This is a small tutorial on creating Neumorphic interface elements using Flutter. Here’s the end result.
Also in this tutorial:
- CSS code from 2013
Containeris a cake
- Metal processing tools
- Unnecessary use of Dart 2.7 extensions
- Quite a few ugly screenshots
- A lot of Space!
Neumorphic design is one of the trends which started getting traction in late 2019.
This visual style itself is not completely new, as you can find samples of interfaces utilising it dating much earlier.
However, I am sure that it wasn’t the first one, as the effect was known in the Flash era, as well as used in graphical designs before capabilities to draw soft shadows in realtime emerged.
Despite being known for a while, the term itself was coined relatively recently. It was done by Michal Malewicz, who’s exploring different UI trends and implications of using them.
Typical Neumorphic interface looks like this:
You can also find a lot of experimentation with neuomorphic interfaces on Dribbble. You can safely expect to see this visual style everywhere very soon, just like it was with previous design trends.
The central point of Neumorphism are shadows, which are giving the interface this feel of a surface carefully carved with a spherical drill.
The recipe itself is very simple, just take your drill bit and work on all those corners in your interface.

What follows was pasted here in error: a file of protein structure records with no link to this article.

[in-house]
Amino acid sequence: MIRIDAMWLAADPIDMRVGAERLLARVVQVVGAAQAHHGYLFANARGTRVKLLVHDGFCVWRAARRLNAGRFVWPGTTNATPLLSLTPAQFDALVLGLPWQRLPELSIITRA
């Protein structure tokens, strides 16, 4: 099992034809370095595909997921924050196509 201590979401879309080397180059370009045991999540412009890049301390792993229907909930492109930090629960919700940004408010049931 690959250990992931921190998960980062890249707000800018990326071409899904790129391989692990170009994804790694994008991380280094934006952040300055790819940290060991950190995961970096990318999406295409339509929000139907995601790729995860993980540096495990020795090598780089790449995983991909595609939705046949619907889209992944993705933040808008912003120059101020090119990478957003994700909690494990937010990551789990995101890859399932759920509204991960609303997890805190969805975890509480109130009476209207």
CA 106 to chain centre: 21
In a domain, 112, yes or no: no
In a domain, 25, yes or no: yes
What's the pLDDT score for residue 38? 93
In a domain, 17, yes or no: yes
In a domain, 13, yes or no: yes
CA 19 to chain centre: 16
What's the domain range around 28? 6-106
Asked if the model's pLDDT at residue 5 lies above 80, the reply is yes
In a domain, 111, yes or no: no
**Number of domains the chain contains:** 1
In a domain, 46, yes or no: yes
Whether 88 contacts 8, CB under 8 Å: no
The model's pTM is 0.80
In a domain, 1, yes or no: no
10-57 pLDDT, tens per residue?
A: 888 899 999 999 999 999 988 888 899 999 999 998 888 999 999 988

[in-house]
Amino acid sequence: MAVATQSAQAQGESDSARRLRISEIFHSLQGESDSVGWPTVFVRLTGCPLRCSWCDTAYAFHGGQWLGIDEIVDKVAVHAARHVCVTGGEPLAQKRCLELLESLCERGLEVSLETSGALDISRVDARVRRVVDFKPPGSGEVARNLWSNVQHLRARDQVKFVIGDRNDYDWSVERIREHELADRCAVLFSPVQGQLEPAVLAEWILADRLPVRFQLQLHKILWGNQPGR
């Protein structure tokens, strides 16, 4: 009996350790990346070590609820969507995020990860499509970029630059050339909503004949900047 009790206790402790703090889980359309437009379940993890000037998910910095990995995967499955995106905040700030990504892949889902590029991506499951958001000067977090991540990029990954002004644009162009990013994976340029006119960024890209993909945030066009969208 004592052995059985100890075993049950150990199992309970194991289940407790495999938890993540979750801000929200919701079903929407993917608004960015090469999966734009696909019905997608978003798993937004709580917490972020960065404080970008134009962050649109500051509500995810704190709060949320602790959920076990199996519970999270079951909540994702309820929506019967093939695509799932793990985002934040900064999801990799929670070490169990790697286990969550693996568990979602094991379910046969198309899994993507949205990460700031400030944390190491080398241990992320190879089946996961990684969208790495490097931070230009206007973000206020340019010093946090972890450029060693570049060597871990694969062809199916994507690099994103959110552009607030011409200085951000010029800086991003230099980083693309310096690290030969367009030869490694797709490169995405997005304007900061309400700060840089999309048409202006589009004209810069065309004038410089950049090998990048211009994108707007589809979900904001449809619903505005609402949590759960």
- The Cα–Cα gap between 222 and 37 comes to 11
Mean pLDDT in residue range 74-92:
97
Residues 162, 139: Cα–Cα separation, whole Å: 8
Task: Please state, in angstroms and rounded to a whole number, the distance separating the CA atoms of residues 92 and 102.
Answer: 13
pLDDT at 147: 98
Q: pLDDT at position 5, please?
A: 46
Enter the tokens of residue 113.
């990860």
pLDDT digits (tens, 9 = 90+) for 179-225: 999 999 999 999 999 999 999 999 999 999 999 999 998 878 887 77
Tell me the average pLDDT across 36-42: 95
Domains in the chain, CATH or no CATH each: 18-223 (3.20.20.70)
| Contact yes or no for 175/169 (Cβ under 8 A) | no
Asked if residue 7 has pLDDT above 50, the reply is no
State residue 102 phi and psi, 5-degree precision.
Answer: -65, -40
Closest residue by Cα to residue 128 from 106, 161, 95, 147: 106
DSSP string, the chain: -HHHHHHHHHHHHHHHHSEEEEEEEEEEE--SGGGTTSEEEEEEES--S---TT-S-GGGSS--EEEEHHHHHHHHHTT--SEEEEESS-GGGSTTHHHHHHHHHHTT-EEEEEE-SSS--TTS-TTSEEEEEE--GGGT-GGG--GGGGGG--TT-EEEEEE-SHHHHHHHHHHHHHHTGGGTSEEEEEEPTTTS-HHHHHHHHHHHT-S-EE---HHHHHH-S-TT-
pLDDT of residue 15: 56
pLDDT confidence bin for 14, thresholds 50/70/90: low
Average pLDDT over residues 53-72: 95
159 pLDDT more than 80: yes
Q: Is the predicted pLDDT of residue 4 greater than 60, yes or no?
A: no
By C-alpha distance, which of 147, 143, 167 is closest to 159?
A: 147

Please, note the slight curve of the top of the “neumorphized” piece. That’s what gives it that smooth gradient on top.
You can play with the visual effect a bit more right in your browser, just visit the https://neumorphism.io.
- Performance, shadows are expensive. Especially for animation.
- Function over Form, there are no pragmatic reasons to employ this design style, except visual appearance.
However, it won’t hurt to add another expressive instrument to your visual toolset!
Flutter has great support for all the integral parts of Neumorphic UI: Shadows and Gradients.
Let’s start with scaffolding a new Flutter project:
Then, open this new project in your IDE of choice (I mean VS code, of course). Let’s get rid of everything in
main.dart and replace it with the following.
Many good things (and bad ones too) in Flutter starts with a
Container. Let’s add one here too, we’ll figure out if that’s for good or bad a bit later.